Before entering into a relationship with God as a sophomore in high school, hope was just another word to me. Hope was one of those words that self-help gurus used in infomercials to get you to buy their latest book or video. As I stood in front of my mirror performing a pep talk, “I think I can, I think I can,” was my man-made expression of hope.
My soul has them continually in remembrance and is bowed down within me. 21 But this I recall and therefore have I hope and expectation: 22 It is because of the Lord’s mercy and loving-kindness that we are not consumed, because His [tender] compassions fail not. 23 They are new every morning; great and abundant is Your stability and faithfulness, Lamentations 3:20-23.
When I searched the internet for the origins of hope, my results were obscure. Therefore, I moved onto my first memory of Mere Christianity as a high school Bible teacher. According to C.S. Lewis, hope is one of three theological virtues along with charity (love) and faith. One of Jesus’ former disciples writes about how individuals can access hope, 2 Peter 1:3-4.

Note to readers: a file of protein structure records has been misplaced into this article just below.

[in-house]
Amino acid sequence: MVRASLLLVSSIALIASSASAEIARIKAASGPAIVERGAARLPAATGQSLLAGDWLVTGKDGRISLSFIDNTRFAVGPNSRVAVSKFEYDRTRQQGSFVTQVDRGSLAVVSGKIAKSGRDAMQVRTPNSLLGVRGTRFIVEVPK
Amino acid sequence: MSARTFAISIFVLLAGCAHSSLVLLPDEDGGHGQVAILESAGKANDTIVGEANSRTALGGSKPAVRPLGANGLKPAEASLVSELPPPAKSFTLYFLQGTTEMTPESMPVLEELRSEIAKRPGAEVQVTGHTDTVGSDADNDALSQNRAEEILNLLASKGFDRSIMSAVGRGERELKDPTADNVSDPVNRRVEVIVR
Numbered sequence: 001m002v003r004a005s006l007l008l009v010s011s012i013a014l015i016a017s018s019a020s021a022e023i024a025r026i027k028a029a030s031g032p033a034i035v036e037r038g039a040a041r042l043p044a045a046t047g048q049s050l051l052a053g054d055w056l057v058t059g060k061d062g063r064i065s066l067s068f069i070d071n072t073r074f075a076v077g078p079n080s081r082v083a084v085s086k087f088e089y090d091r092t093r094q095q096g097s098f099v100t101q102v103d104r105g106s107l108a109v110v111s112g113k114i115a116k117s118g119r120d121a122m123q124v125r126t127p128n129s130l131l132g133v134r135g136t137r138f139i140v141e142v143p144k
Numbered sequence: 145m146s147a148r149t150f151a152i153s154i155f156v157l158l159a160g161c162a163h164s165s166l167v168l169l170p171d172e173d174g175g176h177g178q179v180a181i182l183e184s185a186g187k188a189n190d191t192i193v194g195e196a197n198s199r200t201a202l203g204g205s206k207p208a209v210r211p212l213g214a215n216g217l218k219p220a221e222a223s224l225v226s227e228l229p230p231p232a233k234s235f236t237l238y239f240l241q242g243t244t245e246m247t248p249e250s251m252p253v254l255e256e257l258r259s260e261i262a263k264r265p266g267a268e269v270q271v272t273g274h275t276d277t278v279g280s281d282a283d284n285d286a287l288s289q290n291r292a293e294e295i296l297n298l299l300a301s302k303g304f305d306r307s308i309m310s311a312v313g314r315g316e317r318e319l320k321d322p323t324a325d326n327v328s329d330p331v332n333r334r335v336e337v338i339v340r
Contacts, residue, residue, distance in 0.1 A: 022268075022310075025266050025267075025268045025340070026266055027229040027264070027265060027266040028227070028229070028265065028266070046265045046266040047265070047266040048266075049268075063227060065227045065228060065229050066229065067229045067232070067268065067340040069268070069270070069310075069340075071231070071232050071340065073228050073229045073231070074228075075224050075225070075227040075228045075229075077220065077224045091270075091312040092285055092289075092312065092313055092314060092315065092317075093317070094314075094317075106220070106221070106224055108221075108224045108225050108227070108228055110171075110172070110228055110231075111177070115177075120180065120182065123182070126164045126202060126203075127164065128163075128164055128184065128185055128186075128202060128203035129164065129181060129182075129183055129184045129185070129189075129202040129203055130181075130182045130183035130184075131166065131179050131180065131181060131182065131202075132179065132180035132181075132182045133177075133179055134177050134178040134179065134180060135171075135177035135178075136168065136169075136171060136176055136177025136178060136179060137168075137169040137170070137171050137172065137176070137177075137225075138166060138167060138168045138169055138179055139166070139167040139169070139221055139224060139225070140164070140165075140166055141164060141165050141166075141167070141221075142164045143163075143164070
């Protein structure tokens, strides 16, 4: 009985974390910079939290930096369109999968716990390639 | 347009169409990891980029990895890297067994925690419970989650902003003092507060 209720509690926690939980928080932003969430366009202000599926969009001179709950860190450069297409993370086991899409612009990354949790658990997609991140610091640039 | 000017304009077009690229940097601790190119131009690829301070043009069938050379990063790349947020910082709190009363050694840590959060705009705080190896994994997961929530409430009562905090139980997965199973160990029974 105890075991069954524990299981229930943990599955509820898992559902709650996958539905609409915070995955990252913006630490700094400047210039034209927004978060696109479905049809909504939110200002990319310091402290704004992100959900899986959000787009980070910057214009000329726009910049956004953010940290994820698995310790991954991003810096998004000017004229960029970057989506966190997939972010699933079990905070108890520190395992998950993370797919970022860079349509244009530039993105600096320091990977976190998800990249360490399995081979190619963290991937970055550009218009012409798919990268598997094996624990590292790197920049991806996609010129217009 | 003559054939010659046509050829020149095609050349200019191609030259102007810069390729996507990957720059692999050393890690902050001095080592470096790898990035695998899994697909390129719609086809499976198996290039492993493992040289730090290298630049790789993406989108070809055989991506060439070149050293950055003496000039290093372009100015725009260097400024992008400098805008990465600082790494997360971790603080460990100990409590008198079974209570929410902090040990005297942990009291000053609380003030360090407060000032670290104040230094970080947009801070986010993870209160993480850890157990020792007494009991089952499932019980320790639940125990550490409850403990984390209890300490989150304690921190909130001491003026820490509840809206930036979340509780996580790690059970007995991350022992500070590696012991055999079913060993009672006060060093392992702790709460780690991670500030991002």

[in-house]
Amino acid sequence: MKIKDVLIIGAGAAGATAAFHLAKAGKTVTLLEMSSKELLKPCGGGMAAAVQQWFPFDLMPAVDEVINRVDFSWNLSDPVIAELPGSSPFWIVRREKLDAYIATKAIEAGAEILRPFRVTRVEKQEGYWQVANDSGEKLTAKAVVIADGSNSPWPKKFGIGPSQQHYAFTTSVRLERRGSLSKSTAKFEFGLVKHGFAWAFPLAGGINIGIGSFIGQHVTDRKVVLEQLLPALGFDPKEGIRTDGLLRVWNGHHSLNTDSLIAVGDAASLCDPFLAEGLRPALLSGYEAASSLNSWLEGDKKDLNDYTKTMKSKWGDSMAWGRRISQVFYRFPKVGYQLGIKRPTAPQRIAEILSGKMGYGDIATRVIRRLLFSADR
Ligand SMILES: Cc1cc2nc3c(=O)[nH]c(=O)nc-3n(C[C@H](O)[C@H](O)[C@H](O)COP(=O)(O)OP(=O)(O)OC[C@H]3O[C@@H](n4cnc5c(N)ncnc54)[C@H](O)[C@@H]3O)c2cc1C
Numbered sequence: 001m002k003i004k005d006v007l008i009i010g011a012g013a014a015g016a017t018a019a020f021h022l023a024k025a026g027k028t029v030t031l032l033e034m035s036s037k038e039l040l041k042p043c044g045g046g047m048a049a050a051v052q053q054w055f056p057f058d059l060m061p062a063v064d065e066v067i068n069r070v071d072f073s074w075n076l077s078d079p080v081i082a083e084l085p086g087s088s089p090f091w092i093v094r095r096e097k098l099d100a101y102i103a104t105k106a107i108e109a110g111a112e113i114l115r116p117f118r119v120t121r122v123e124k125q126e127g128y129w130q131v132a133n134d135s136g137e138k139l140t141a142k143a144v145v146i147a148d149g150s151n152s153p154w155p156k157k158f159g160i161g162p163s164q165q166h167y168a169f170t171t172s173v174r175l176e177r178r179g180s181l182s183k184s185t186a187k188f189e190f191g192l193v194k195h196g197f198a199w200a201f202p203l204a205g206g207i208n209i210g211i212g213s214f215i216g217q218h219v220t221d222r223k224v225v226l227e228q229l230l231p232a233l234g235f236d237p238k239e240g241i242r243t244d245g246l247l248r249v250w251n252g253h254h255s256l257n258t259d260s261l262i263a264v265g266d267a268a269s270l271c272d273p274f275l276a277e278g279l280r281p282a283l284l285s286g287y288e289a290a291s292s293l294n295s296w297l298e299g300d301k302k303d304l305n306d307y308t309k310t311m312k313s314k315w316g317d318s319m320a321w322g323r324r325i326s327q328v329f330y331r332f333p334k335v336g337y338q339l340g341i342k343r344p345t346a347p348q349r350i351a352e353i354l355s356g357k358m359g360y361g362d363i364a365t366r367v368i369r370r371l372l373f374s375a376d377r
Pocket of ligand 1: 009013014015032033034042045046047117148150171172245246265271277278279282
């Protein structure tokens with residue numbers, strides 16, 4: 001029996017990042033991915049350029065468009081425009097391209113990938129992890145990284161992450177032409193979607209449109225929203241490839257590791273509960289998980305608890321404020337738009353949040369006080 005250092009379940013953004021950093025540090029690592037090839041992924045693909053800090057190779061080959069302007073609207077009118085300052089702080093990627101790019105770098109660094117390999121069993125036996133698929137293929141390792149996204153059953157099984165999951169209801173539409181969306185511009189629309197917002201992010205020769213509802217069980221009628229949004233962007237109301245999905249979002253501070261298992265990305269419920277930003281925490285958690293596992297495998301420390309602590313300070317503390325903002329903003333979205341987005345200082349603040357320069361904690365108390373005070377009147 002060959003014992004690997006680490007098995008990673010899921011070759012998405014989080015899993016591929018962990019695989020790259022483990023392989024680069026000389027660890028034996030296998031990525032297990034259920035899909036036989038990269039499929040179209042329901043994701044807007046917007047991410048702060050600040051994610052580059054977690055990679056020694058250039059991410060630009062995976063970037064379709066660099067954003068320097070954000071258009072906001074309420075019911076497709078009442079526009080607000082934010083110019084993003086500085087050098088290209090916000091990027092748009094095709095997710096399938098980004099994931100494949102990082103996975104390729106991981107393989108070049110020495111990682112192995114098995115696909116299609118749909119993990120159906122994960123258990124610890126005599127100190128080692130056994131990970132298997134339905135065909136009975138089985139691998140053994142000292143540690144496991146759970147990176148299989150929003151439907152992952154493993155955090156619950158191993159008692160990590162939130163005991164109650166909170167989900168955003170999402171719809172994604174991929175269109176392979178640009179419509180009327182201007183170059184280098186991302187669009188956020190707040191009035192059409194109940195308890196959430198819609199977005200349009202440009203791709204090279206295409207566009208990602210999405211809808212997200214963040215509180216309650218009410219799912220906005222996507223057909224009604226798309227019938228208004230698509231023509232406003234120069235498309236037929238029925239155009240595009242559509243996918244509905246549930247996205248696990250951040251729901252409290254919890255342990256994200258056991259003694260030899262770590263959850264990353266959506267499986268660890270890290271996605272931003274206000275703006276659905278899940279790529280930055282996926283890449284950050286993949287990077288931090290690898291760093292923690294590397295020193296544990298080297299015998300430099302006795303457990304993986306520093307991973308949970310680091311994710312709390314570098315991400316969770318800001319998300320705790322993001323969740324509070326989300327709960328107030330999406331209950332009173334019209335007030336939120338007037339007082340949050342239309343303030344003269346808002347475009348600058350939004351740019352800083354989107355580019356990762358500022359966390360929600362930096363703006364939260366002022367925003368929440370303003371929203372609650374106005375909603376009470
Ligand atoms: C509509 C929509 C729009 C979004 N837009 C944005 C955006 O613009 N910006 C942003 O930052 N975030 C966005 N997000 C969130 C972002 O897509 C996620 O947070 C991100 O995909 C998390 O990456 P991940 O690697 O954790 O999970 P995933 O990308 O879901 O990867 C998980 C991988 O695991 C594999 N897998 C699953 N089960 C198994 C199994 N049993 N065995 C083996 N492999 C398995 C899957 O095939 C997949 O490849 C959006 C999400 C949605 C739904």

Now faith is the assurance (the confirmation, [a]the title deed) of the things [we] hope for, being the proof of things [we] do not see and the conviction of their reality [faith perceiving as real fact what is not revealed to the senses], Hebrews 11:1.
While Cardinal virtues are accessible to anyone, true hope is only available through the power of the Holy Spirit. The apostle Paul lists a series of traits that naturally flow out of a personal relationship with Jesus Christ, Romans 10:9-11. This is the origin of hope which makes producing the spiritual fruits in the Bible possible, Galatians 5:22-25. I pray that you share this message with friends who need to experience hope. by Jay Mankus